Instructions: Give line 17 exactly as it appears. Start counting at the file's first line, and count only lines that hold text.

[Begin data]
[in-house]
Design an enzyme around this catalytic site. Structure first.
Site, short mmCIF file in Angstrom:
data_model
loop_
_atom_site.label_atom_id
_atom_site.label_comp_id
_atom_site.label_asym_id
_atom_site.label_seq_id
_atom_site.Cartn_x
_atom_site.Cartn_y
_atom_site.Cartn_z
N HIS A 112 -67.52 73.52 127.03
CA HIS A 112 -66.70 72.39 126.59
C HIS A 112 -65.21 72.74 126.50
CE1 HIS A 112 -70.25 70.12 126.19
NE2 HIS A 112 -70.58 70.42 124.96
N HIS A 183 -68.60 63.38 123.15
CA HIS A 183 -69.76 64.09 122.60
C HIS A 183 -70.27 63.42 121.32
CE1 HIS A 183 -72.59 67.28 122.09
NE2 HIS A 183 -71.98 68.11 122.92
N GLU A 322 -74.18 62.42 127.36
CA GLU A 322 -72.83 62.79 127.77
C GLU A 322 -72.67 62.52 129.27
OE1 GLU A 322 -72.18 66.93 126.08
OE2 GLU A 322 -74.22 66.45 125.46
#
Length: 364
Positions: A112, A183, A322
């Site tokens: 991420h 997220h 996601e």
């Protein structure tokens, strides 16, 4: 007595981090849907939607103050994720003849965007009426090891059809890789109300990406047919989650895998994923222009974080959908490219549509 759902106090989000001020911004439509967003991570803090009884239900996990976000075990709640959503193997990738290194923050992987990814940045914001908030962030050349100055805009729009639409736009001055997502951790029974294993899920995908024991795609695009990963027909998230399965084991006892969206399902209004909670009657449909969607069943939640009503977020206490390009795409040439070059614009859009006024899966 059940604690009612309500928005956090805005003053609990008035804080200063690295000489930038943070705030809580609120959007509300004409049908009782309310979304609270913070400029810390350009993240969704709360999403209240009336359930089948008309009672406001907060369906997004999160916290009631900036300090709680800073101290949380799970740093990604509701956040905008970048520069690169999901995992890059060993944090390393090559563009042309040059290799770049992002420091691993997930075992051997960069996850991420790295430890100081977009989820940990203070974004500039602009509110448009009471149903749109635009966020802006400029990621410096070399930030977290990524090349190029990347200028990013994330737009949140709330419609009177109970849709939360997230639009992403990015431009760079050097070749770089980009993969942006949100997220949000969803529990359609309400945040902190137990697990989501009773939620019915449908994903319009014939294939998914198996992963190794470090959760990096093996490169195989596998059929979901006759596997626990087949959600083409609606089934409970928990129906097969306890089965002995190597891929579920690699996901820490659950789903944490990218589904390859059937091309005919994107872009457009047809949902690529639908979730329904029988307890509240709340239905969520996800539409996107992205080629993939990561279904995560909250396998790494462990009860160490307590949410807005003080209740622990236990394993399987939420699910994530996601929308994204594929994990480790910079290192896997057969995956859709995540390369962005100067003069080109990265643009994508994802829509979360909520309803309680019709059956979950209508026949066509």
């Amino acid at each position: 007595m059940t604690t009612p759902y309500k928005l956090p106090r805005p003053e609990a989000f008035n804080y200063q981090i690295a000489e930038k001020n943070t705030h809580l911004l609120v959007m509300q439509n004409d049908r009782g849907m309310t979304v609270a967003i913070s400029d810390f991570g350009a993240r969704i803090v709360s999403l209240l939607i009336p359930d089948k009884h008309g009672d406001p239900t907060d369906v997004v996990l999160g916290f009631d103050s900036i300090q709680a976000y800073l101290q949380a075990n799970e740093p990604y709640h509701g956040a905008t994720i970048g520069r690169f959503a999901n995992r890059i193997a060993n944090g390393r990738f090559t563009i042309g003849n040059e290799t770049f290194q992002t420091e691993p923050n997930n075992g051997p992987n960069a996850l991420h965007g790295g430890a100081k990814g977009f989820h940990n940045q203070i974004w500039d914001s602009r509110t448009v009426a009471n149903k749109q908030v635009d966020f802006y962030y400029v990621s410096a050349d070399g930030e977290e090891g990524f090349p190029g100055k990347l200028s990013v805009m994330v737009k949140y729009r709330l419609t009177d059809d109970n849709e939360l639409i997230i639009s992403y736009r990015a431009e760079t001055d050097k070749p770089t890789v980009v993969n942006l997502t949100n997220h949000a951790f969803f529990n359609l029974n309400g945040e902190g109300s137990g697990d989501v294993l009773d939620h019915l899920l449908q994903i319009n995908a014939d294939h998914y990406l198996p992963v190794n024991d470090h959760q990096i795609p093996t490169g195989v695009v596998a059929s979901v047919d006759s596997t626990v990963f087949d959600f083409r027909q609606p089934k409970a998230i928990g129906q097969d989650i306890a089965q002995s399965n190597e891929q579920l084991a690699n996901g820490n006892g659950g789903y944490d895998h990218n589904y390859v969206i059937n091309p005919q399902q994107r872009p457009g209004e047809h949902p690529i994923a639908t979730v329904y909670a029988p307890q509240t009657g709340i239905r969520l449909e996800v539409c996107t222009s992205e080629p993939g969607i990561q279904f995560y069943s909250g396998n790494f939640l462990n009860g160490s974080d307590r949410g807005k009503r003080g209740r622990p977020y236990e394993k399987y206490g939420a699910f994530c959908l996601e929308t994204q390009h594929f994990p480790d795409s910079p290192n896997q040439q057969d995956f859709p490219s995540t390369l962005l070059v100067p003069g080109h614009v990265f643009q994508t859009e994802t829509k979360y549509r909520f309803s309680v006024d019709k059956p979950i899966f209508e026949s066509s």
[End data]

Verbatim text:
NE2 HIS A 112 -70.58 70.42 124.96